The Cubs won 92 games that year, but are known more for their epic September collapse, and giving way to the Miracle Mets, who went on to defeat the invincible Baltimore Orioles in the World Series.

The Cubs starting rotation was solid, with three B starters -- Jenkins, Bill Hands and Ken Holtzman. Where they could have used some help was a shutdown reliever. They had to depend on Phil Regan (CZ) and Ted Abernathy (BY).

The team's strength, of course, was it's everyday lineup. In addition to Santo, Williams and Banks, it featured all-star double-play combo Don Kessinger and Glenn Beckert. The Gold Glove shortstop was among the league leaders in runs, hits and doubles. Santo finished second in runs batted in (121)  and eighth in home runs (29). Williams finished the year in the top 10 in a half-dozen categories, including hits, runs, doubles, triples and RBI.

On the mound, the Cubs big three combined for 58 wins: Jenkins (21-15); Hands (20-14) and Holtzman (17-13).

One of the cool things about the 1969 APBA reprint set is that it includes a card for every player who got into a game that season. While it's neat to see some future stars who got their first taste of the big leagues that season (e.g. Ted Simmons, Carlton Fisk, Steve Garvey, Bill Buckner, Cesar Geronimo) I don't see going out of my way to find two at-bats for the Cubs' sixth-string catcher Randy Bobb!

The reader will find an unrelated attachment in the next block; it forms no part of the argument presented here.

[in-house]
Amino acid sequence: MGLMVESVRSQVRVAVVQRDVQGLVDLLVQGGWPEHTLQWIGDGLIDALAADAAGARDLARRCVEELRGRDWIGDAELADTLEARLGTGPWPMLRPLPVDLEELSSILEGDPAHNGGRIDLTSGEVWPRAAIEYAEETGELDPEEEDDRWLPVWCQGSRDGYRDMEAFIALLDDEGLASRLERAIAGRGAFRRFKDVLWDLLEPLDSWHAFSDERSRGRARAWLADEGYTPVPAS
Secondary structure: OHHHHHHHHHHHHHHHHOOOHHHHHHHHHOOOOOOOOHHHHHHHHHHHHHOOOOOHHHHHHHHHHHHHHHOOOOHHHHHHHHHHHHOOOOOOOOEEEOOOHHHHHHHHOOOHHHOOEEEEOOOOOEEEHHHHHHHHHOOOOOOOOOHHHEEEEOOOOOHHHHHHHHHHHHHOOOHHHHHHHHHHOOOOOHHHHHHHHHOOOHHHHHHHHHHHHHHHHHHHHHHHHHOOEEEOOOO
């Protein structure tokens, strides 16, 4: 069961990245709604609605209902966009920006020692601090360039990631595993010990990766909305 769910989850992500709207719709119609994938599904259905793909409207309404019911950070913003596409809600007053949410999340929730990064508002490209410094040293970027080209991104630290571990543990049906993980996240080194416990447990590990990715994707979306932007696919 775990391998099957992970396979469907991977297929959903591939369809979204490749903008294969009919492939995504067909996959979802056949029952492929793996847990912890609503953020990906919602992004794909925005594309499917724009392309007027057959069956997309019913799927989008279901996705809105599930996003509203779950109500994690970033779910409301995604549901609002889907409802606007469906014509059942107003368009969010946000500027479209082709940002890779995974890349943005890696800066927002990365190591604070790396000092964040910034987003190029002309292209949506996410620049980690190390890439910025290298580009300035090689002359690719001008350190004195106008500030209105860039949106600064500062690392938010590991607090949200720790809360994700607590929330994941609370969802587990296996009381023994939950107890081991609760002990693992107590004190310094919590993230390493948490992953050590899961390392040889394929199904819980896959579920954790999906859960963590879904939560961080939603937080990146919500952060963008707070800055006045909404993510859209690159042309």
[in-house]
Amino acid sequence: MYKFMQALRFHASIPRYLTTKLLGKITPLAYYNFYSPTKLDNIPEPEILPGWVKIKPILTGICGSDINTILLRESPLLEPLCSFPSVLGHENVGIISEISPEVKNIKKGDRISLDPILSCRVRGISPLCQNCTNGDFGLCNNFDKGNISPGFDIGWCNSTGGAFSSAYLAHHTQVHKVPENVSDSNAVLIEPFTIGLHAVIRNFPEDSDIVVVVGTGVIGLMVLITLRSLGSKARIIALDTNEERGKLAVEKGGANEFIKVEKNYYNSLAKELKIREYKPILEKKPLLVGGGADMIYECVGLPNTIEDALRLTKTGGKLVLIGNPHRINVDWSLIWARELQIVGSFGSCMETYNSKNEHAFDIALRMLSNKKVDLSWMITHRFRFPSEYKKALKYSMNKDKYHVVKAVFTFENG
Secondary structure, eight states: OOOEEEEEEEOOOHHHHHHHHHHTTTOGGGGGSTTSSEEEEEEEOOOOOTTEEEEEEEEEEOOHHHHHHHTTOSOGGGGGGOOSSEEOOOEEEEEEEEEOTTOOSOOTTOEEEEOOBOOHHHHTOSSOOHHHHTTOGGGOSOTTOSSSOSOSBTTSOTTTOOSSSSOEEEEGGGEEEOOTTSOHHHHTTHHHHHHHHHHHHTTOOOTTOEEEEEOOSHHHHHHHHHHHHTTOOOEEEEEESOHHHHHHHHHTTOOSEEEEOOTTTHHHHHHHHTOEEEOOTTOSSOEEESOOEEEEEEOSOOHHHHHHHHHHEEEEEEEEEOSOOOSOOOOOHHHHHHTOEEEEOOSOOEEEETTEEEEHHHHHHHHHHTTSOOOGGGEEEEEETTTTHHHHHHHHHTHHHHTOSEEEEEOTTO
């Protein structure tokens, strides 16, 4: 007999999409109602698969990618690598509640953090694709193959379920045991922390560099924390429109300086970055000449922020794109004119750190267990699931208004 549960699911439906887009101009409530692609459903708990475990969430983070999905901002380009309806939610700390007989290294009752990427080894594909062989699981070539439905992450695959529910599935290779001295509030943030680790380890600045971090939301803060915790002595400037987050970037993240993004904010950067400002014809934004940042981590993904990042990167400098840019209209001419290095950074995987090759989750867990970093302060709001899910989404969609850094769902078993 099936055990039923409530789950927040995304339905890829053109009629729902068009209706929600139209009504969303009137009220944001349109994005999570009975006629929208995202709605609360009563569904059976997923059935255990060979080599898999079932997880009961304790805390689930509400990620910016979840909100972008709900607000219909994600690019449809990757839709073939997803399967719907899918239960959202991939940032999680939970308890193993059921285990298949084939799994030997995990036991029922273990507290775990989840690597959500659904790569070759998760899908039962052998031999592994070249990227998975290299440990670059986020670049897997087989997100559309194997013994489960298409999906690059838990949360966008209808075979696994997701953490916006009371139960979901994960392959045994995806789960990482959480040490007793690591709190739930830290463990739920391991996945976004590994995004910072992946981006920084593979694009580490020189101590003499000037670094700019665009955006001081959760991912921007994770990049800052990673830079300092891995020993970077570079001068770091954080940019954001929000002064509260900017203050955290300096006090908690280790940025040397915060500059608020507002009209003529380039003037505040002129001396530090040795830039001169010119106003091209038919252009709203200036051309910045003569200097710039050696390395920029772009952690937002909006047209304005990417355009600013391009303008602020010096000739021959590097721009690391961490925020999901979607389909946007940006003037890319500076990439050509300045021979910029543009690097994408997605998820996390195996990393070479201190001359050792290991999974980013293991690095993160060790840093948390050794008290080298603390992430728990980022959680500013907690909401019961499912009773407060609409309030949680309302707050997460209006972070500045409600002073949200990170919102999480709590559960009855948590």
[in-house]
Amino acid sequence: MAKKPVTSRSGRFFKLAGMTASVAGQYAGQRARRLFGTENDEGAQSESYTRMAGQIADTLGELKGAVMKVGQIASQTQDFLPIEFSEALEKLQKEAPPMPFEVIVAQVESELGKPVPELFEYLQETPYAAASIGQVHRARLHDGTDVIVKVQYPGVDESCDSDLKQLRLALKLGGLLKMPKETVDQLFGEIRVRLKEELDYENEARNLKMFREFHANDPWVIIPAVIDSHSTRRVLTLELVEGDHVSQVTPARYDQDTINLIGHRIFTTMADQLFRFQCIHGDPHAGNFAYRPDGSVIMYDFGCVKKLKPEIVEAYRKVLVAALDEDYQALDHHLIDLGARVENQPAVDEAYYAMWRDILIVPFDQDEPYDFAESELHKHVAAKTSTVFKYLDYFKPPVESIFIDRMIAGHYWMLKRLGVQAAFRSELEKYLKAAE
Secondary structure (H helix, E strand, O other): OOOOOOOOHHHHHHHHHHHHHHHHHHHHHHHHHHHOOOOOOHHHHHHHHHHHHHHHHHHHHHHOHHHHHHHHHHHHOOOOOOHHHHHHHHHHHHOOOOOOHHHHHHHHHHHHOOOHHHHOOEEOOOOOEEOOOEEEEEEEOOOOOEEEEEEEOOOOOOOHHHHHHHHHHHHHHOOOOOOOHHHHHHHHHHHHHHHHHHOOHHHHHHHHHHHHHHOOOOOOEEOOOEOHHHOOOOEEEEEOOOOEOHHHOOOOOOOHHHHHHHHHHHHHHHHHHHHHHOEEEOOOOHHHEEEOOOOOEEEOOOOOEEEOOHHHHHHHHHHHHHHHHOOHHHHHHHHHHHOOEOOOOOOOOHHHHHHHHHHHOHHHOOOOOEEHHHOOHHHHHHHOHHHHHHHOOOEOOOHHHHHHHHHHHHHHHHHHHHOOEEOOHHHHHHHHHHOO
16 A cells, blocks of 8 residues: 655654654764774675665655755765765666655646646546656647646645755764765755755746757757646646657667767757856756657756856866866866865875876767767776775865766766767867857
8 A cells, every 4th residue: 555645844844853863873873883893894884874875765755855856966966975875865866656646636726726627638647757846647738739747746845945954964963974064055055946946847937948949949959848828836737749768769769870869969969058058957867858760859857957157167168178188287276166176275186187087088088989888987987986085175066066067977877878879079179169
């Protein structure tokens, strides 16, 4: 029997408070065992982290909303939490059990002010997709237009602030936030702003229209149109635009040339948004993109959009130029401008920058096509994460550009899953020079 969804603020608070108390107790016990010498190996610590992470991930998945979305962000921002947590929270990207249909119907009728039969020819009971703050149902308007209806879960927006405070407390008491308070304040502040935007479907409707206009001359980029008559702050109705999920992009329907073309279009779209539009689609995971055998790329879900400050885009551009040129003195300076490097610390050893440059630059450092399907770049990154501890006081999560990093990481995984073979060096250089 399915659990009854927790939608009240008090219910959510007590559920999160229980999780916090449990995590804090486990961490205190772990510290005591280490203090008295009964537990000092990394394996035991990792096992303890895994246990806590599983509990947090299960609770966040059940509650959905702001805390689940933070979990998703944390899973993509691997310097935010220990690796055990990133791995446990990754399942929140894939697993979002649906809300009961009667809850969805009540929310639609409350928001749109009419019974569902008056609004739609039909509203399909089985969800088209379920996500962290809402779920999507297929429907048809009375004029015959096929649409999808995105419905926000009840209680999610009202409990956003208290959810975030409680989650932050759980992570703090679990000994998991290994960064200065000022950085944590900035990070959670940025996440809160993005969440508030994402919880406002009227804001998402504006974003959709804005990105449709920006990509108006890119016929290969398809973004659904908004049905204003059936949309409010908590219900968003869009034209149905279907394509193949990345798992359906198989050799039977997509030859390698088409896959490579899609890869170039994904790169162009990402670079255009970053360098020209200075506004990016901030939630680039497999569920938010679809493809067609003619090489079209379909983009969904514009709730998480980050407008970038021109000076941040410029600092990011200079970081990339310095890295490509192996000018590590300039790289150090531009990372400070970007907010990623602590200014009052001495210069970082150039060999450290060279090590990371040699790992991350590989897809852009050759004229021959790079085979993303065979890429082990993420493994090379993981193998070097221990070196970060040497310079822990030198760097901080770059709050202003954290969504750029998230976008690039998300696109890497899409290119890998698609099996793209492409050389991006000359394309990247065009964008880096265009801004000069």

The Cubs will open the season against the Phillies at Wrigley Field. Play ball!


Thursday, March 20, 2014

Phillies' Playoff Homer Barrage Ends Brewers Season in '08 Replay

Photo courtesy of Bryce Edwards/Creative Commons

Home runs by the Phillies soundly spoiled any notions the Brewers had about moving beyond the NL Division Series in a replay of Milwaukee's 2008 season.

Just as in real life, the Brewers fell 3 games to 1 to the eventual World Series champion. My replay came to a sudden and decisive end as the Phillies smacked three 2-run home runs, rallying for a 10-4 win over the Brewers in Game 4.

It didn't matter that the replay Brewers ignored injuries that kept the real Ben Sheets, Russell Branyan and Gabe Kapler out of the series. While Sheets won Game 3 of the series and Branyan had a key home run in the win, their innings and at-bats couldn't reverse the series outcome.

Chase Utley and Ryan Howard ultimately made the difference for the Phillies, combining for 6 home runs, 9 runs and 13 RBI. Yikes! With 4 of those home runs, Utley earned the series MVP award.

Game 1 -- Phillies 4, Brewers 2

A game that began with first-inning fireworks, quickly turned into an extra inning stalemate.

Photo courtesy of Matt Schilder/Creative Commons
Rickie Weeks led off with a single and was followed by a home run by J.J. Hardy, staking the Brewers to a 2-0 lead. The Phillies answered in the bottom of the first after a double by Jason Werth and Utley's first homer of the series.